If you are like me – and it occurs to me that this may be the first time I have ever typed that phrase – your total exposure to dog shows consists of watching the National Dog Show that immediately follows the annual appearance of Santa at the Macy’s Thanksgiving Parade on NBC (and perhaps new reports about the winner of the Westminster Dog Show). Well, there was high drama this year as for the first time in the show’s 20-year history a Scottish deerhoud, Claire, successfully defended her title as Best In Show.
While digesting my apple pie later that afternoon, I began to wonder how they chose Best In Show from among the winners in the seven groups of dogs – sporting, hound, working, terrier, toy, non-sporting, and herding. I’ll admit that I haven’t given much thought to the judging criteria. We usually just watch, pick out the cutest dog in each group, are disappointed for a second when a strange-looking dog wins, and then wait for the next group to come out. As it turns out, however, the Best In Show process is quite interesting and may serve as an example to those thinking about the next generations of assessment and accountability systems.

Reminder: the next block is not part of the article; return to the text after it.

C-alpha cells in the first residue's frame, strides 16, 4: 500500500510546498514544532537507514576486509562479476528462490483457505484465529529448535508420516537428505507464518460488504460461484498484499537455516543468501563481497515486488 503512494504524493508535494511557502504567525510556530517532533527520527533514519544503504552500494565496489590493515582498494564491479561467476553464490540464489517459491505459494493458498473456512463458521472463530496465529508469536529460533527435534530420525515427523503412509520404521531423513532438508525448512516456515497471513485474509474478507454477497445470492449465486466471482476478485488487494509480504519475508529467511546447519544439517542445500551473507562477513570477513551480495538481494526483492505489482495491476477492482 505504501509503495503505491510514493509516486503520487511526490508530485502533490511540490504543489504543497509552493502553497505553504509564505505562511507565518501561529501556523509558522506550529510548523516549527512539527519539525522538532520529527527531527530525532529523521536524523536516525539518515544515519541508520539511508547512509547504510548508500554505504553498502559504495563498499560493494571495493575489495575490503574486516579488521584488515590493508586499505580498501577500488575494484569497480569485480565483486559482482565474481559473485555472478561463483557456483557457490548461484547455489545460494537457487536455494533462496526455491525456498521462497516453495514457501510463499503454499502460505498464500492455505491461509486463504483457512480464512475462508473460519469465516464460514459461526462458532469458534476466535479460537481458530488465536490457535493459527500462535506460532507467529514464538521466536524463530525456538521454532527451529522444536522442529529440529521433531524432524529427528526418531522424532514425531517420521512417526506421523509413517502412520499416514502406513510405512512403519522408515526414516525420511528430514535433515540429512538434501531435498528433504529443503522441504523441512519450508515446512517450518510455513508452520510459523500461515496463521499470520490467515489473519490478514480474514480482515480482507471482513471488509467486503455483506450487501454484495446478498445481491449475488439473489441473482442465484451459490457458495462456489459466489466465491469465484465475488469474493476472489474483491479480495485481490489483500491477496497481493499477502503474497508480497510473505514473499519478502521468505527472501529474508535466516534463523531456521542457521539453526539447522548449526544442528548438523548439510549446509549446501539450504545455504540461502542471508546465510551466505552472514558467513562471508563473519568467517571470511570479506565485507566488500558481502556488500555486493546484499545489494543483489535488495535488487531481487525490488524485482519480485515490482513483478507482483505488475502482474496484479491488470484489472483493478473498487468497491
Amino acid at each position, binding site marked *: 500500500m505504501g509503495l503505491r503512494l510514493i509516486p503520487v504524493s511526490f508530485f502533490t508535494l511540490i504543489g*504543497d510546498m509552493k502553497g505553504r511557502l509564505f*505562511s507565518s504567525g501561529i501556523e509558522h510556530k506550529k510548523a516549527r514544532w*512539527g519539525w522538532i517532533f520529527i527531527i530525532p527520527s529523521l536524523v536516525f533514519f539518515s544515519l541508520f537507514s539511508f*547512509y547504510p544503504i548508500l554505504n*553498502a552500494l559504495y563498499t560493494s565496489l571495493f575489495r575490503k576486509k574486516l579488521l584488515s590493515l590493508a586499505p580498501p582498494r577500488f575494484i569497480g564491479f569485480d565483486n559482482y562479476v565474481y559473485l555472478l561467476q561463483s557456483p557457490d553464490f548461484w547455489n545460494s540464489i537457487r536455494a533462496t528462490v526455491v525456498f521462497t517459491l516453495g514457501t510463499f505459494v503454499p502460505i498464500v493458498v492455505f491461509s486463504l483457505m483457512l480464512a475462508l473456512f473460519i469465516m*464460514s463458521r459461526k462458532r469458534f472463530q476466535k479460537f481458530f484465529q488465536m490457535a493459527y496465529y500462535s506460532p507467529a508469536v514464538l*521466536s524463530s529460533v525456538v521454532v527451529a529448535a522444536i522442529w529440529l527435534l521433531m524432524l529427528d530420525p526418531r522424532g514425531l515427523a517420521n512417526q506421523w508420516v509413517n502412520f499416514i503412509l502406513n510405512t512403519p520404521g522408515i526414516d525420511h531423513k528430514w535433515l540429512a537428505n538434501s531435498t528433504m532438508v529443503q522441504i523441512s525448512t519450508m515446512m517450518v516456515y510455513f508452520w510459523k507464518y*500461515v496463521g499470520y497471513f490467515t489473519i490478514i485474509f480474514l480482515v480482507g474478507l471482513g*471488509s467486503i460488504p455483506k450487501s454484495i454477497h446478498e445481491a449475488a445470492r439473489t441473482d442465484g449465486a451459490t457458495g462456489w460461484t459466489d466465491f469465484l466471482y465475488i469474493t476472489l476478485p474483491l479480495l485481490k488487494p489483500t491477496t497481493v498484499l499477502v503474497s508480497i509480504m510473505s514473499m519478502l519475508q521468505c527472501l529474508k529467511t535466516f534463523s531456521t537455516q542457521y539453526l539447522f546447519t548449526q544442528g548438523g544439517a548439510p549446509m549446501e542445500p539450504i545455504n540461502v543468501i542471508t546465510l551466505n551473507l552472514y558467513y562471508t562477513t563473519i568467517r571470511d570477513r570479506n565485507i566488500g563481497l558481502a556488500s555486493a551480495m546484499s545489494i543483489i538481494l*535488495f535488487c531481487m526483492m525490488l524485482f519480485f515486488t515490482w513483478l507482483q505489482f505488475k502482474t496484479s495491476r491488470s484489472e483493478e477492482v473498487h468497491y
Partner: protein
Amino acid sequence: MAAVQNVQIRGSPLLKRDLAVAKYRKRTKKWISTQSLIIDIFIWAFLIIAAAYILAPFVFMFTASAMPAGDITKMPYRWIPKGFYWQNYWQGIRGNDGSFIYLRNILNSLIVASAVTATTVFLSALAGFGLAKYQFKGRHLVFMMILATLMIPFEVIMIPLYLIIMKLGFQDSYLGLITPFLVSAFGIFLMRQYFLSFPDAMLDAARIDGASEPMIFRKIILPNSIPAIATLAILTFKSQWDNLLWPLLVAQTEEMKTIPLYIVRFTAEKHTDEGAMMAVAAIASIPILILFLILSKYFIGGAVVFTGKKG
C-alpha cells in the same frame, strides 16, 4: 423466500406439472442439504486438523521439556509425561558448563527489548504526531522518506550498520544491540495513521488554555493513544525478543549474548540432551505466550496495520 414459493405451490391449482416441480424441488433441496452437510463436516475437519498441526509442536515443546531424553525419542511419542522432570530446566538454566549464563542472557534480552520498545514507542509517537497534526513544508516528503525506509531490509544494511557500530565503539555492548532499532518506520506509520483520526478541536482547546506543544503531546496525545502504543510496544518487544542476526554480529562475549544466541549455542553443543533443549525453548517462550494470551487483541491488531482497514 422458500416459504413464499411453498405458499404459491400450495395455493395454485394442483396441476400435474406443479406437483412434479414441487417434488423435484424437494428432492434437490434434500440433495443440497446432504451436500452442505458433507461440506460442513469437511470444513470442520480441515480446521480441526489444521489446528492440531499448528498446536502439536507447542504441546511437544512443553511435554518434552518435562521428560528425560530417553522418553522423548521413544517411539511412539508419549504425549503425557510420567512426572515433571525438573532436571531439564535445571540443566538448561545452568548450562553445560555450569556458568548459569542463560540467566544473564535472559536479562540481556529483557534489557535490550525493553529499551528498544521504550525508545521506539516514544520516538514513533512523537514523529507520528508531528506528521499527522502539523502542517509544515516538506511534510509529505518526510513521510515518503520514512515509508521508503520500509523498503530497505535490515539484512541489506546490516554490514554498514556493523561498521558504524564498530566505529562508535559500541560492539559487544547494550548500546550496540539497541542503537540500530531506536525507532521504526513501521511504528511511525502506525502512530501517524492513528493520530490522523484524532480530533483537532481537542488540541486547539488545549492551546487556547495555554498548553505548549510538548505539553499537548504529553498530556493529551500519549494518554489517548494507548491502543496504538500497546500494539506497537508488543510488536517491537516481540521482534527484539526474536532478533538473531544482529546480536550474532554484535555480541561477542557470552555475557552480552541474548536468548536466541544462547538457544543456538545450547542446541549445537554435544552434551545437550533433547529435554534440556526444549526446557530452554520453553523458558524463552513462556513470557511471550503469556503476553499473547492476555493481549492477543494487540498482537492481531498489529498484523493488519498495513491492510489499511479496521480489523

The brief and admittedly novice explanation goes like this:
The Best In Show winner is not based on a direct head-to-head – or tail-to-tail – comparison of the dogs. The dog selected as Best In Show is the one who most closely matches the breed standards established for its group. That is, it’s not a question of whether the hound group winner is “better” than the terrier group winner. Rather, it’s a question of whether the hound winner comes closer to perfection in the meeting the hound standards than the terrier does to meeting the terrier standards.
Each of the groups has its own sets of standards against which the breeds of dogs within that group are judged. (Apparently there are close to 200 breeds represented across the seven groups.) Those criteria are based on the type of skills the dog is expected to perform or the traits it is expected to possess. Hunting dogs are different than herding dogs which are different than toy dogs. Form Follows Function.
We shouldn’t blindly seek comparability, in the sense of direct head-to-head comparisons or interchangeable scores, when there is no reason to expect two dogs, students, teachers, or schools to meet the same set of standards.
School accountability systems under NCLB and ESSA have centered on students achieving state standards in English language arts and mathematics – understandable given their roots in Title I. Two truths, however, have been obvious to all involved from the very beginning:
- Schools are supposed to do much more than teach students English language arts and mathematics.
- All schools, and programs within schools, are not designed to accomplish the same goals.
The first premise needs no further discussion. I will spend a little time on the second premise.